Most of you probably know I have little sympathy with the idea that the Muslims of Europe are the new Jews, falling under the shadow of a possible new Holocaust. Part of the reason is that there seems to be a pattern of ignoring the religious motivated persecution and expulsion of non-Muslim minorities from Iraq to Pakistan, which much more clearly resembles the pattern in early 20th century Europe. I’m almost certainly engaging in stupid analogizing since I don’t know Pakistan very well, but I after I saw the above headline I thought of Walther Rathenau. I’ll be seeing if there are marches in the streets and solidarities with Christians in their churches….

February 7, 2011

Christians in the Punjab, Scheduled Castes & Ambedkar all together

Filed under: History,Identity,India,Islam,Minorities,Pakistan,Politics,Religion — Zachary Latif @ 8:58 am

punjab population; please look at the attached excel sheet (if it doesn’t work you can click on the link just below).

The figures are sourced from Ambedkar’s 1945 work “PAKISTAN OR THE PARTITION OF INDIA”

Graph Explained below:

The graph is from the appendices sections and contains figures just on the eve of Partition. There are some extremely interesting things I want to look at from a Partition perspective, some novel twists but its an ongoing process. I was doing that some 5 years ago but I sort of dropped it but now Brown Pundits give me an incentive to sort of relook them.

Christians + Schedule Caste % of Punjab Population in 1945

Anyway we’ve been discussing “Caste in Pakistan” and I decided to do some research on it. The far right column is what I’ve sorted the data by, it is the joint Christians + Scheduled Caste % of total Punjab population. This % shows a rapid drop off from an East to West gradient and North to South. The East to West is from Haryana and East Punjab to the West Punjab and Seraikistan. Furthermore we notice the highest % to be in the Himachal/Haryana region, which surprises me because Himachal Pradesh tends to be fairly high caste (also the TFR in Himachal Pradesh is lower than replacement).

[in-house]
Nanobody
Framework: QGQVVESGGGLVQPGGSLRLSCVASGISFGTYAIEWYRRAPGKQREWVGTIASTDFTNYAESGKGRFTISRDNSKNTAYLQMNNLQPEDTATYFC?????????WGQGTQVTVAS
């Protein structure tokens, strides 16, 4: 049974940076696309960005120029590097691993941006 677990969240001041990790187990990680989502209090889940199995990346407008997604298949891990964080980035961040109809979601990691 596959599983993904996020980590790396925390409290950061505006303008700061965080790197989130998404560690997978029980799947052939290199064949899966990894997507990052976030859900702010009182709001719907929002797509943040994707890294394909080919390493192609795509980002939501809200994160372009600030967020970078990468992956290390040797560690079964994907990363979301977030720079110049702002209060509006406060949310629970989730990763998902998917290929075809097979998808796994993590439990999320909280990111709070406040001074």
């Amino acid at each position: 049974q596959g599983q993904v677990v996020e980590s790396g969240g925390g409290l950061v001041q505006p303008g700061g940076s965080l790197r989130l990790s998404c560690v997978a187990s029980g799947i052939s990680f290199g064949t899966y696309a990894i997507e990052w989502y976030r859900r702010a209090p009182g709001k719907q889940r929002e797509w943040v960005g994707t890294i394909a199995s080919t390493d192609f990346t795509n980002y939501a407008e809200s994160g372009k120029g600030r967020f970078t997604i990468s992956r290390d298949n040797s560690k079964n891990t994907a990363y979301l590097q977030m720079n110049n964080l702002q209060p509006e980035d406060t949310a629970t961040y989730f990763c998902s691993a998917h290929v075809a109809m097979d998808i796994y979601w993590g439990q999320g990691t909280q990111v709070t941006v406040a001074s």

As a side note it would be interesting to correlate a populations % of High Caste Hindus and total replacement fertility, we’d probably have to add a few more variables, but in states characterized by low communalism, high education and a high Hindu population fertility rates tend to drop. I’d particularly be interested in comparisons between Kerala and West Bengal just because of their communist associations.

Christian % of Joint Christian & Schedule Caste population in 1945

This is extremely interesting as the % of the joint Christian & Schedule Caste as per the total Punjab population begins to drop (basically phase into Western and Southern “Muslim” Punjab) the proportion of the Christians as part of the joint Christian & Schedule Caste population begins to dramatically rise to the extent that it reaches 89% in Gujranwalla.

I’m assuming that the huge bulk of Christian converts are from the Schedule Castes if that is the case we can treat them as two interchangeable population, from a socio-economical and historical identity. Where they differ however is their nominal religious affiliation. Essentially what the data *seems* to be telling us that in predominantly Muslim districts (slightly West to the heart of the Punjab, the Majha zone) the Scheduled Castes seemed much more amenable to conversion to a related but distinct Abrahamic faith. This could also do with the lack of a strong Hindu presence conversions were more acceptable.

What does Scheduled Caste mean only Hindu or Sikh too?

I don’t know if at the time Scheduled Castes were only considered to be Hindu, or if the Scheduled Caste figure included Sikhs (we can safely assume that they didn’t include Muslims because to this day Dalit Muslims are not treated as such).